April 2011, Volume 53 Issue 4, Pages 258C334.


Cover Caption: Semi-dominant Dwarfism of Rice
About the cover: The height of rice affects lodging resistance and contributes to yield. So far, only a few dominant dwarfing genes have been identified, and the mechanism behind such dwarfisms remains elusive. The study of Liang et al. (pp 312C323) reports a new dwarf mutant (cover picture) of rice, which is controlled by a semi-dominant gene LB4D located on chromosome 11. Microscopic observations suggest that LB4D may regulate the growths of leaves and stems at later stages and the differentiation of vascular tissues.

 

          Cell and Developmental Biology
A Point Mutation in the Pentatricopeptide repeat Motif of the AtECB2 Protein Causes Delayed Chloroplast Development  
Author: Zhi-Lin Cao, Qing-Bo Yu, Yue Sun, Yang Lu, Yong-Lan Cui and Zhong-Nan Yang
Journal of Integrative Plant Biology 2011 53(4): 258-269
Published Online: February 7, 2011
DOI: 10.1111/j.1744-7909.2011.01030.x
      
    

AtECB2 encodes a pentatricopeptide repeat (PPR) protein that regulates the editing of the plastid genes accD and ndhF. The ecb2-1 knockout shows an albino phenotype and is seedling lethal. In this study, we isolated an allelic mutant of the AtECB2 gene, ecb2-2, which showed delayed greening phenotype but could complete their life cycle. In this mutant, the Thr500 is converted to Ile500 in the 13th PPR motif of the AtECB2 protein. Transmission electron microscopy demonstrated that chloroplast development was delayed in both the cotyledons and leaves of the mutant. An investigation of the chloroplast gene expression profile indicated that PEP (plastid-encoded RNA polymerase) activity in ecb2-2 cotyledons was not obviously affected, whereas it was severely impaired in ecb2-1. This result suggests that the PEP activities cause the different phenotypes of the ecb2-1 and ecb2-2 mutants. The editing efficiency of the three editing sites of accD (C794 and C1568) and ndhF (C290) in the mutant was dynamically altered, which was in agreement with the phenotype. This result indicates that the editing efficiency of accD and ndhF in the ecb2-2 mutant is associated with a delayed greening phenotype. As ecb2-2 can survive and set seeds, this mutant can be used for further investigation of RNA editing and chloroplast development in arabidopsis.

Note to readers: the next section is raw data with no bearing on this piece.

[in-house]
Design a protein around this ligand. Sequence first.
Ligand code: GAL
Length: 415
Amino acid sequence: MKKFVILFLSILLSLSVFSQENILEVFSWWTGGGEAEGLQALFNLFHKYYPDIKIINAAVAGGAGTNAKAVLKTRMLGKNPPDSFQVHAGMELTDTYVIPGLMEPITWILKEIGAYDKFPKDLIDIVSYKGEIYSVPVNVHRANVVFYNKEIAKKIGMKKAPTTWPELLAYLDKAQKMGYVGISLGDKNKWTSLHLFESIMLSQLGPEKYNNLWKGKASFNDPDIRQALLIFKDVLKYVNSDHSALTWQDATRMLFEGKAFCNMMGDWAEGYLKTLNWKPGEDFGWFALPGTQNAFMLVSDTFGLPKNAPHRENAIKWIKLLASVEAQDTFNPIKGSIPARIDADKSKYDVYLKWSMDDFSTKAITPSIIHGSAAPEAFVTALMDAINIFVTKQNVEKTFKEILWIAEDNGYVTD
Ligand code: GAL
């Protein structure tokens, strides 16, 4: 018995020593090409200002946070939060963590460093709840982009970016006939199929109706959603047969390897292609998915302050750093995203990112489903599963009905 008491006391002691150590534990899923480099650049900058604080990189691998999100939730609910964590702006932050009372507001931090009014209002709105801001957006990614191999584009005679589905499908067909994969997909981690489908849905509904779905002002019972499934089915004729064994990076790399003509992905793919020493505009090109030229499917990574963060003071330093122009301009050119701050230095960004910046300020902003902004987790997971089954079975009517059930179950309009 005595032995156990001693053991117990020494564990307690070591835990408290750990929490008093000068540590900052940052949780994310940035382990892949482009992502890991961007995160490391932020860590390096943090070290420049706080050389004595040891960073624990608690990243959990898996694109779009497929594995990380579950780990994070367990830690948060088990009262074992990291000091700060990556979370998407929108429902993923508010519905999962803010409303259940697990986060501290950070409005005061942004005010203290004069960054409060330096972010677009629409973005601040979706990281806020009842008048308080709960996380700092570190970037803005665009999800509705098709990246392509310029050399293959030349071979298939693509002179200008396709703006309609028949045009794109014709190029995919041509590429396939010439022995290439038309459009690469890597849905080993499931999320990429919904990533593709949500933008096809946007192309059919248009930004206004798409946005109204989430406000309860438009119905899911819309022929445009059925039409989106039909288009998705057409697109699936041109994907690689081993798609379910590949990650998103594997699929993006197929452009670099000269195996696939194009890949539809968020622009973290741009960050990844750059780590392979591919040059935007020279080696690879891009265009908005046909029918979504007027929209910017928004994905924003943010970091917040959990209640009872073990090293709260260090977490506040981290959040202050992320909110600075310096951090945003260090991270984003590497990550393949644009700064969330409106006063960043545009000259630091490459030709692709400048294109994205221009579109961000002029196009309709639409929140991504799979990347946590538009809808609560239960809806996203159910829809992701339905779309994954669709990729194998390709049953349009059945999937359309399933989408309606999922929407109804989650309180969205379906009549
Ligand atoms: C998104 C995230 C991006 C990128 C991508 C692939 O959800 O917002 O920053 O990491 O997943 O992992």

Cao ZL, Yu QB, Sun Y, Lu Y, Cui YL, Yang ZN (2011) A point mutation in the pentatricopeptide repeat motif of the AtECB2 protein causes delayed chloroplast development. J. Integr. Plant Biol. 53(4), 258–269.

Abstract (Browse 2416)  |  References  |  Full Text HTML  |  Full Text PDF  |  Cited By       
          Metabolism and Biochemistry
Increased Drying Rate Lowers the Critical Water Content for Survival in Embryonic Axes of English Oak (Quercus robur L.) Seeds  
Author: Tobias M. Ntuli, William E. Finch-Savage, Patricia Berjak and Norman W. Pammenter
Journal of Integrative Plant Biology 2011 53(4): 270-280
Published Online: December 1, 2010
DOI: 10.1111/j.1744-7909.2010.01016.x
      
    

The potential to cryopreserve embryonic axes of desiccation-sensitive (recalcitrant) seeds is limited by damage during the desiccation necessary for low temperature survival, but the basis of this injury and how to reduce it is not well understood. The effects of drying rate on the viability, respiratory metabolism and free radical-mediated processes were therefore investigated during dehydration of Quercus robur L. embryonic axes. Viability, assessed by evidence of germination and tetrazolium staining, showed a sharp decline at 0.27 and 0.8 g/g during rapid (<12 h) or slow (3 d) dehydration, respectively. Rapid dehydration therefore lowered the critical water content for survival. At any given water content rapid dehydration was associated with higher activities of the free radical processing enzymes, superoxide dismutase, catalase and glutathione reductase and lower levels of hydroperoxide and membrane damage. Rapid dehydration was also associated with lower malate dehydrogenase activity, and a reduced decline in phosphofructokinase activity and in levels of the oxidized form of nicotinamide dinucleotide. Ageing may have contributed to increased damage during slow dehydration, since viability declined even in hydrated storage after 3 d. The results presented are consistent with rapid dehydration reducing the accumulation of damage resulting from desiccation induced aqueous-based deleterious reactions.

Ntuli TM, Finch-Savage WE, Berjak P, Pammenter NW (2011) Increased drying rate lowers the critical water content for survival in embryonic axes of English oak (Quercus robur L.) seeds. J. Integr. Plant Biol. 53(4), 270–280.

Abstract (Browse 1952)  |  References  |  Full Text HTML  |  Full Text PDF  |  Cited By